In the 1990s, I visited Shan state, which borders China’s strategic Yunnan province to the east. Nothing much changed over two decades: the guerrilla has to fight the Tatmadaw because they clearly see how the army and their business cronies are obsessed to capture the region’s lavish natural resources.
I traveled extensively in Myanmar in the second part of the 1990s – before being blacklisted by the military junta, like virtually every journalist and analyst working in Southeast Asia. Ten years ago, photojournalist Jason Florio, with whom I’ve been everywhere from Afghanistan to Cambodia, managed to be sneaked into Karen rebel territory, where he shot some outstanding pictures.
He's a KNLA medic, 29; lost his leg after stepping on a landmine
In Kachin state, rival parties in the 2015 elections this time tried to pool their efforts. But in the end they were badly bruised: the electoral mechanism – one round only – favored the winning party, Suu Kyi’s NLD.
Beijing does not interfere in the dizzyingly complex Myanmar ethnic maze. But questions remain over the murky support for Chinese who live in Kachin state in northern Myanmar: it’s possible they may be used as leverage in negotiations with the Tatmadaw.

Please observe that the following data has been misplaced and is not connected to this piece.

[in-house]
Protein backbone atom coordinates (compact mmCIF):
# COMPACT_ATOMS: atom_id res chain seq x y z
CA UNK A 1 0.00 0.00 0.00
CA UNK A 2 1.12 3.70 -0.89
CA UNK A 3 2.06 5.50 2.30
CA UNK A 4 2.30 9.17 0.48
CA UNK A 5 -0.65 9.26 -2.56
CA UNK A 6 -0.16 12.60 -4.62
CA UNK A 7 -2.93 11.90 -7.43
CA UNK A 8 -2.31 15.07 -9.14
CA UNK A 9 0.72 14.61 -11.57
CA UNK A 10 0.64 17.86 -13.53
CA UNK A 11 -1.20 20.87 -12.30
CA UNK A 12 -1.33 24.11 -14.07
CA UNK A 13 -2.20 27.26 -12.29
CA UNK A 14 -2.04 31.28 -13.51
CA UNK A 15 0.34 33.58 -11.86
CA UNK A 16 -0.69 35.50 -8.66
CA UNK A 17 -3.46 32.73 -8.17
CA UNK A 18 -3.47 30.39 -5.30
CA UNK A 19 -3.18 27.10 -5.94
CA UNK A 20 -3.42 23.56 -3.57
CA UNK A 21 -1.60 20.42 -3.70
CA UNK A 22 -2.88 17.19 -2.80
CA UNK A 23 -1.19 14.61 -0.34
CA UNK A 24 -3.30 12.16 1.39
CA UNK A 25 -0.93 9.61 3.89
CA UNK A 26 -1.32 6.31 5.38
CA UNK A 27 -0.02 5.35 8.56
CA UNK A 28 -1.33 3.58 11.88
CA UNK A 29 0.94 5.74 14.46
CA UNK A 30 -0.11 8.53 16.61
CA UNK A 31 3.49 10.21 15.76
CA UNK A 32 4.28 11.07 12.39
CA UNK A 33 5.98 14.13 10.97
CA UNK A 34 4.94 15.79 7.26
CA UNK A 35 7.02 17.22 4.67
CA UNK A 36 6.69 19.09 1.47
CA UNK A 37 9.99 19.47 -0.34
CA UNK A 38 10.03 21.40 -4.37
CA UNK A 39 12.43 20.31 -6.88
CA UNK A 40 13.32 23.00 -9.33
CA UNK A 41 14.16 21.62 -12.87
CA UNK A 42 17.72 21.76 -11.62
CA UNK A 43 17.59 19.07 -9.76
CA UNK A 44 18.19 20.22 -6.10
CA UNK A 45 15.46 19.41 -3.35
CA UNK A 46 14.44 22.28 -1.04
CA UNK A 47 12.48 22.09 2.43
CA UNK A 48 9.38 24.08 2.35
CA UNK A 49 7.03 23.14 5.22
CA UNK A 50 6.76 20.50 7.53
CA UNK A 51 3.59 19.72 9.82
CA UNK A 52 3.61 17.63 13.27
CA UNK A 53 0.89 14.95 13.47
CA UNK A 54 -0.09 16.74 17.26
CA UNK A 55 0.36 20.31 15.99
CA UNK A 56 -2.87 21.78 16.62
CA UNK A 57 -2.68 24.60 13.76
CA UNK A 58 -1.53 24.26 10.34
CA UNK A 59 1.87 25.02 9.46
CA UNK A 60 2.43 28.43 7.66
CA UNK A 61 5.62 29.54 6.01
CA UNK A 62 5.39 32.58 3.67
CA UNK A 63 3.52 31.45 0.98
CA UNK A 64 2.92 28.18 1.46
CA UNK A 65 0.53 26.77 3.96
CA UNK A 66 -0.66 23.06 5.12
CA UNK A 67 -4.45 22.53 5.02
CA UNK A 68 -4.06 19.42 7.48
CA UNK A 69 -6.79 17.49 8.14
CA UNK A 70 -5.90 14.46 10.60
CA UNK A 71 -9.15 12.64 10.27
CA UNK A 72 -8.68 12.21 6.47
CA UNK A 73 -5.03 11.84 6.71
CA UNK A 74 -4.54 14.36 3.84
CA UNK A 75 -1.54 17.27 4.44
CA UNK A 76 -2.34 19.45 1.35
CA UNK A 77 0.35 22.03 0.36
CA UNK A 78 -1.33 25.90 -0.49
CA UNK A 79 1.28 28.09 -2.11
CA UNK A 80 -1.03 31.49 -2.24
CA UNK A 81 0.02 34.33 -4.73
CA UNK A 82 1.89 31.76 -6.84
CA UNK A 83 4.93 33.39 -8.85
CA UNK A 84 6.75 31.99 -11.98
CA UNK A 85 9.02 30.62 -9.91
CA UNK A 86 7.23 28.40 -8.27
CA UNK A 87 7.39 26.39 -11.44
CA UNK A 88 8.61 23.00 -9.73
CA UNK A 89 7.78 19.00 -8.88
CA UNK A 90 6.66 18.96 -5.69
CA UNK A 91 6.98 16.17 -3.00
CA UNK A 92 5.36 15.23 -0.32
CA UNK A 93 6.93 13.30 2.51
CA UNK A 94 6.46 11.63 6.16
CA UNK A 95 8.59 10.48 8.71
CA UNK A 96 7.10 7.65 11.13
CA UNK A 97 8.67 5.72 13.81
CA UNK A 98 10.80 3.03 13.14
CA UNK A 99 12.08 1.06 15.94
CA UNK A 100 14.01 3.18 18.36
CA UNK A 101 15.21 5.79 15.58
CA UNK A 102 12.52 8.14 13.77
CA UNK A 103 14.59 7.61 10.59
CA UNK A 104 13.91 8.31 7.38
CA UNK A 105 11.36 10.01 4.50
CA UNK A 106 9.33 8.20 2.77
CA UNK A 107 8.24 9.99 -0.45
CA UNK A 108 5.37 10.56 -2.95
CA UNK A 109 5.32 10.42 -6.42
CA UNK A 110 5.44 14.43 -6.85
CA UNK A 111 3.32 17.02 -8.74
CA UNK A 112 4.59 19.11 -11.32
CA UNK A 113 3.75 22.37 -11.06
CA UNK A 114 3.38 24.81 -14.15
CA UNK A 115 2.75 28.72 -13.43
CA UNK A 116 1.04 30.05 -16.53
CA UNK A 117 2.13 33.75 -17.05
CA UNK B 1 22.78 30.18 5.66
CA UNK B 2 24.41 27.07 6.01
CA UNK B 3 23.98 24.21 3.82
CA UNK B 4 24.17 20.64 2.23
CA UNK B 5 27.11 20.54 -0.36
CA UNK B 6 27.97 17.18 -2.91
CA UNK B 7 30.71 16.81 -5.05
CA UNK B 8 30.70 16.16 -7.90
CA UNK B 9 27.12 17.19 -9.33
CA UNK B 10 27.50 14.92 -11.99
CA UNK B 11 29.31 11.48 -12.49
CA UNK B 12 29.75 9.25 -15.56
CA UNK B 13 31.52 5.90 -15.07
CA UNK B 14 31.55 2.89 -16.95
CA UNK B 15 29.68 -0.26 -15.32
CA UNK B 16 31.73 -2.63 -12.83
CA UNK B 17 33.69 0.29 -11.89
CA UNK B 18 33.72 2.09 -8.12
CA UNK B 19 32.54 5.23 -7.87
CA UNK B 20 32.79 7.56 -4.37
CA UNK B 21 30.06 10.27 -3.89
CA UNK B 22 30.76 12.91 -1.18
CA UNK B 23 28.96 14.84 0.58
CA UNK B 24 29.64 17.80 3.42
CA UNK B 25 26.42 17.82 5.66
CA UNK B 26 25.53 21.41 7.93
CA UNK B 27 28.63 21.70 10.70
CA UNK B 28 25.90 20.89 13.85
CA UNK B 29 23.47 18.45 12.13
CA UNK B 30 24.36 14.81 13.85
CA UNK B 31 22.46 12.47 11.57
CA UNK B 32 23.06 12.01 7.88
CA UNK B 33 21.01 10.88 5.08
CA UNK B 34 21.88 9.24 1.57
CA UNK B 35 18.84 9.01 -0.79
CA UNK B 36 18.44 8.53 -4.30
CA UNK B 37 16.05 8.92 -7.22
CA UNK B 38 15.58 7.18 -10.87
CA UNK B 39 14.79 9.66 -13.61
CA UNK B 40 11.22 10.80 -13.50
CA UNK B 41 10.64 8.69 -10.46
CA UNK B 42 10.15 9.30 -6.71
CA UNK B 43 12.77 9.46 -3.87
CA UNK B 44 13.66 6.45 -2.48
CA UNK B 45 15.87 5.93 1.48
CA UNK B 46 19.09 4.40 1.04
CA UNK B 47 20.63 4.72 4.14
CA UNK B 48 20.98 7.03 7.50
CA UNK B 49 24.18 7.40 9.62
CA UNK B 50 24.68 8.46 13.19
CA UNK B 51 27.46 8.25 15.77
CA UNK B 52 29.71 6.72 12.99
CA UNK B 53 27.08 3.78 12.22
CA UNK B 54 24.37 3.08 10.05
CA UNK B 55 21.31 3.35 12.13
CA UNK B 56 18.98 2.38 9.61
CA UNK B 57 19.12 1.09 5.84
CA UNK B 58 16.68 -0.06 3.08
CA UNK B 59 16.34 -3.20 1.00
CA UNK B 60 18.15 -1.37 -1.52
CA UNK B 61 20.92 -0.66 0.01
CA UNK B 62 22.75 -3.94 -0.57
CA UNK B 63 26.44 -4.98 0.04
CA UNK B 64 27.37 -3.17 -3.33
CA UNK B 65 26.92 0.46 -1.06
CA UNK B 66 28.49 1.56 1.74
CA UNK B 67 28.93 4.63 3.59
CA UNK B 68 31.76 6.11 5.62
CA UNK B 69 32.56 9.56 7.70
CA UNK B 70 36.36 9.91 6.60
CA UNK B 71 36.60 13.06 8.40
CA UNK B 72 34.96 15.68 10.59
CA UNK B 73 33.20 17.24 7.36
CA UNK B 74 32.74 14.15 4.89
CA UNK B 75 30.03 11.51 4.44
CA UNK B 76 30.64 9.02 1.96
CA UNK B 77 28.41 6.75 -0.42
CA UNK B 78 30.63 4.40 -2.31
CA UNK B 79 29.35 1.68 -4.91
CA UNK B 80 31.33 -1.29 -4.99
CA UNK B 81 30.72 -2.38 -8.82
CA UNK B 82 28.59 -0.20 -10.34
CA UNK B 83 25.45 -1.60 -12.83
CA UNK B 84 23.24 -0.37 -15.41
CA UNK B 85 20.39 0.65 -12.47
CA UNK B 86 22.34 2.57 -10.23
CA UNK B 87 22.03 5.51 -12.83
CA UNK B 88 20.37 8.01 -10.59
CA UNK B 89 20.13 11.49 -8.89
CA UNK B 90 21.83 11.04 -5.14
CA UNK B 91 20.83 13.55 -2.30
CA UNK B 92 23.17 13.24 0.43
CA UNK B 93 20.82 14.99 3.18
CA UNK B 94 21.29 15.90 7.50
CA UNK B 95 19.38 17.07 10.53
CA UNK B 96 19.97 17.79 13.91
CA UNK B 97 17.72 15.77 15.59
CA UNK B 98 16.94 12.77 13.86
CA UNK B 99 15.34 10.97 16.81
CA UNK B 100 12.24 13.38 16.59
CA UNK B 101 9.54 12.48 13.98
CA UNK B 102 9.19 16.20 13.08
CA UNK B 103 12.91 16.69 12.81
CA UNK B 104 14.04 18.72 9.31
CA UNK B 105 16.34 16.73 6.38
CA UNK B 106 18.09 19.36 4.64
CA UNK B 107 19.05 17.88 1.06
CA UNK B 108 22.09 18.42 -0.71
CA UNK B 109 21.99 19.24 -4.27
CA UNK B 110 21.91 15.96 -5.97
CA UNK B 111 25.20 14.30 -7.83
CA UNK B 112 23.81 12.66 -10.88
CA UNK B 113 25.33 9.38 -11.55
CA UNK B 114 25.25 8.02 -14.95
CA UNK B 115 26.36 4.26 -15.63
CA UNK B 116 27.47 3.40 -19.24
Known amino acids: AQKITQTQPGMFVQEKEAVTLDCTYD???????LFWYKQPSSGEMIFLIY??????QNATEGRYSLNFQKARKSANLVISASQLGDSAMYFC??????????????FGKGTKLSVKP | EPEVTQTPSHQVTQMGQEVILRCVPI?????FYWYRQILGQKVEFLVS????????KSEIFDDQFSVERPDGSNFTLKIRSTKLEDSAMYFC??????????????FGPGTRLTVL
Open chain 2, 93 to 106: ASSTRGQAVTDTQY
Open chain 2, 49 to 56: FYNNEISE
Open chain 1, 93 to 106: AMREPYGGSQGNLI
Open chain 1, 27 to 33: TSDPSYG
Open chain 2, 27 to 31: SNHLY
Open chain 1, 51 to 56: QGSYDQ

The basic fact is the guerrillas won’t go away. The top two are the Kachin Independence Army and the United Wa State Army (Shan). But then there’s the Arakan Liberation Army, the China National Army, the Karenni Army (Kayah), the Karen National Defense Organization and the Karen National Liberation, and the Mon National Liberation Army.
What this weaponized tapestry boils down to, in the long run, is a tremendously (Dis)United Myanmar, bolstering the Tatmadaw’s claim that no other mechanism is capable of guaranteeing unity. It doesn’t hurt that “unity” comes with the extra perks of controlling crucial sectors such as minerals, finance and telecom.
It will be fascinating to watch how the (Dis)United Imperial States will deal with post-coup Myanmar as part of their 24/7 “containment of China” frenzy. The Tatmadaw are not exactly trembling in their boots.
*This title is an hommage to George Orwell's first novel (1934) based on his five years as a police officer in the Indian Imperial Police force in Burma.